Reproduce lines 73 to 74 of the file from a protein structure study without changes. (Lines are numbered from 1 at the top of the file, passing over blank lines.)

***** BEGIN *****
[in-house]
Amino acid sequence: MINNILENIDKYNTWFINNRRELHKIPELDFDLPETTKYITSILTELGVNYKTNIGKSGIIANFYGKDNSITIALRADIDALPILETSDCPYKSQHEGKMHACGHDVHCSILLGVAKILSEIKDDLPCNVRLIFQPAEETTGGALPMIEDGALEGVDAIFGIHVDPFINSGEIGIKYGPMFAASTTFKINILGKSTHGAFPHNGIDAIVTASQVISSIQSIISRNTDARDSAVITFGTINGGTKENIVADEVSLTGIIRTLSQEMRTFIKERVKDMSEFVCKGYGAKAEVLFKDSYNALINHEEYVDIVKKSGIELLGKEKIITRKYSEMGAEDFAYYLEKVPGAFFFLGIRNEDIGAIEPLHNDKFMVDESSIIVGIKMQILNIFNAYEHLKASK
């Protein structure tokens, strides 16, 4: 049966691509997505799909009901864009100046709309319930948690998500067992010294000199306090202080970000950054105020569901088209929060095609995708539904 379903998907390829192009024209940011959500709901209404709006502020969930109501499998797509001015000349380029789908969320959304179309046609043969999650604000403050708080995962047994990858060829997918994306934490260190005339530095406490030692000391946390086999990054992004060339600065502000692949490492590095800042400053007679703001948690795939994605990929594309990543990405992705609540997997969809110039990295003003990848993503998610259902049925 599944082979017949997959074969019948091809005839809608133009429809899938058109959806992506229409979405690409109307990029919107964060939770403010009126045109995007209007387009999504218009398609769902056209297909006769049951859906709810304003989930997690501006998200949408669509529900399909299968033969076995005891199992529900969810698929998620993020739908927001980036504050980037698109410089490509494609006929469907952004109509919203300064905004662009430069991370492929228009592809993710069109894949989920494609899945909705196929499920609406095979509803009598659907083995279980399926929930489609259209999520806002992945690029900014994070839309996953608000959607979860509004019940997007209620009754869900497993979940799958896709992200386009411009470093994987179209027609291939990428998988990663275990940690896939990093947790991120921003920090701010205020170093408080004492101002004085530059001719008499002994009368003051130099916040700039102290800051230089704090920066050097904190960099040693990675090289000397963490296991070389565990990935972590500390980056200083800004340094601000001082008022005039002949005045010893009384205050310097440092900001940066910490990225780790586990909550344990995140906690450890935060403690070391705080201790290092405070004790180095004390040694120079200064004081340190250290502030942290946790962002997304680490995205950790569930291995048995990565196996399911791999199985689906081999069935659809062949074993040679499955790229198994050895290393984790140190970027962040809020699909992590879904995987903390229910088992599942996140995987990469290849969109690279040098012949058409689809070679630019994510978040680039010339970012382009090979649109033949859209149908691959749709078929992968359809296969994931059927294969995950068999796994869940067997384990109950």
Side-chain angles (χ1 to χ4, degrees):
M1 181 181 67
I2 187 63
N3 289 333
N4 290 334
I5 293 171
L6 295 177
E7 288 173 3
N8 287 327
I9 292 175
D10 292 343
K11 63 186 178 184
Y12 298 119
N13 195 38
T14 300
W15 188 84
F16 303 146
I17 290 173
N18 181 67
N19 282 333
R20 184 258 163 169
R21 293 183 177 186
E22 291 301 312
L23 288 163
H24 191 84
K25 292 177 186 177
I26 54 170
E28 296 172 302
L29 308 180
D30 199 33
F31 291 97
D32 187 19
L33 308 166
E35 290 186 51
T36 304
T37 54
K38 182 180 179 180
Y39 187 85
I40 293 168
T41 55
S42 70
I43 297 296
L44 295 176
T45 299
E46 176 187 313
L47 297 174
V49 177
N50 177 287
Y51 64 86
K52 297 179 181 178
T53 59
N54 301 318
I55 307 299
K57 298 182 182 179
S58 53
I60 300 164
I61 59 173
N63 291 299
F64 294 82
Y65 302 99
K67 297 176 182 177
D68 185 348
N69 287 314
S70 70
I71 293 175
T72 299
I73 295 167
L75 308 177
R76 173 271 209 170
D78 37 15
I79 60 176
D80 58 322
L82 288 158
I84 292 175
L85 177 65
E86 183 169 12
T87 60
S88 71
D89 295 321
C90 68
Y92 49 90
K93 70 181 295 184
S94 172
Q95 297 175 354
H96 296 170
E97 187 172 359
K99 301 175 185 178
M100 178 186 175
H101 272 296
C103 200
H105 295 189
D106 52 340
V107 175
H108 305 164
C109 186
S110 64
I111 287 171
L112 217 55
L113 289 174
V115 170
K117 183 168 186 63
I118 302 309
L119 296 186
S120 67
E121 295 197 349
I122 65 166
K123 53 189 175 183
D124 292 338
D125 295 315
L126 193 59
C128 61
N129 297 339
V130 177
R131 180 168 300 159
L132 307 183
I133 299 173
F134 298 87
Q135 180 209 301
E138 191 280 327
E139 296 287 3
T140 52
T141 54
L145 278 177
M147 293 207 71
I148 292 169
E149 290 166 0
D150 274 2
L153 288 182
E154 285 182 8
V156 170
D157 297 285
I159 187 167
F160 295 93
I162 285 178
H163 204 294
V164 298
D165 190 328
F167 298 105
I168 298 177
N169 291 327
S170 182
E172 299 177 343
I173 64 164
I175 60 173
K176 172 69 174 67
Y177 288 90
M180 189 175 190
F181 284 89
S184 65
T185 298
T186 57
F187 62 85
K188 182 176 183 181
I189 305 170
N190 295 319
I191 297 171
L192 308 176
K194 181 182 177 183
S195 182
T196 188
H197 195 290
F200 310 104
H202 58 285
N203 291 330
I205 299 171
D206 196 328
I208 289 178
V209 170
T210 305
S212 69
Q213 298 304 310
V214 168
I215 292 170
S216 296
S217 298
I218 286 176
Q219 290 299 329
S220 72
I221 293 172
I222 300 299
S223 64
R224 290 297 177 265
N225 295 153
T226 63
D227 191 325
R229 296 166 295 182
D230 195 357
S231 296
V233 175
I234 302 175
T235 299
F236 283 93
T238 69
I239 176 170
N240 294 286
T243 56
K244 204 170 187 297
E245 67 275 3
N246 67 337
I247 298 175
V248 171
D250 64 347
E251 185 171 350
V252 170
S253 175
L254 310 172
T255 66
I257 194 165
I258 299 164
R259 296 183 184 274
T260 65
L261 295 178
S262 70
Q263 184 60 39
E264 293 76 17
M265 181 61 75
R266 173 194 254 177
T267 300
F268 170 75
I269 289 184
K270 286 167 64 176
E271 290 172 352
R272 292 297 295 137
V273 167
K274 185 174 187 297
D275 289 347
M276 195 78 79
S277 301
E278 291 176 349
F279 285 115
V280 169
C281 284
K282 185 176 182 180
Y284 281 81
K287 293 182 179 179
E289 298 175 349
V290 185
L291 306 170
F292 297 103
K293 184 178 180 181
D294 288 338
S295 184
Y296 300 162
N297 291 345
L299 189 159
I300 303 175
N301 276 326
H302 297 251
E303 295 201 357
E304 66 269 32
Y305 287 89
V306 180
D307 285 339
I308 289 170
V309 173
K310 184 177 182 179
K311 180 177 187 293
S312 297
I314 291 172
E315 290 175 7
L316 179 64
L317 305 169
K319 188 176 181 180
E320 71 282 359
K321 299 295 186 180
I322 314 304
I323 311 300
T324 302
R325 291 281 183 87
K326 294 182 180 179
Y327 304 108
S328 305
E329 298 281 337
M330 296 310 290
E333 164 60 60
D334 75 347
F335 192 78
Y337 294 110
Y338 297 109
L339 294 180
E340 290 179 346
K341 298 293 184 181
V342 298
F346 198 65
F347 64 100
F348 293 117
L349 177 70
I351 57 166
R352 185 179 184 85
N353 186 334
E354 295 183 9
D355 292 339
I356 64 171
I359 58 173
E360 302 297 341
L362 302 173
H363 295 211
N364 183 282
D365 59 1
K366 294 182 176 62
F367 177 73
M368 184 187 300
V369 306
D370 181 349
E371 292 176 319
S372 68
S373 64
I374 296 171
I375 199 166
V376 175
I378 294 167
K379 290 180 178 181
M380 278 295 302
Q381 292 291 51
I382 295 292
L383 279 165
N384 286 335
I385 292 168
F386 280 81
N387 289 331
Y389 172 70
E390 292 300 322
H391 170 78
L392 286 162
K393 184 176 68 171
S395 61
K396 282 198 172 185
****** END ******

D78 37 15
I79 60 176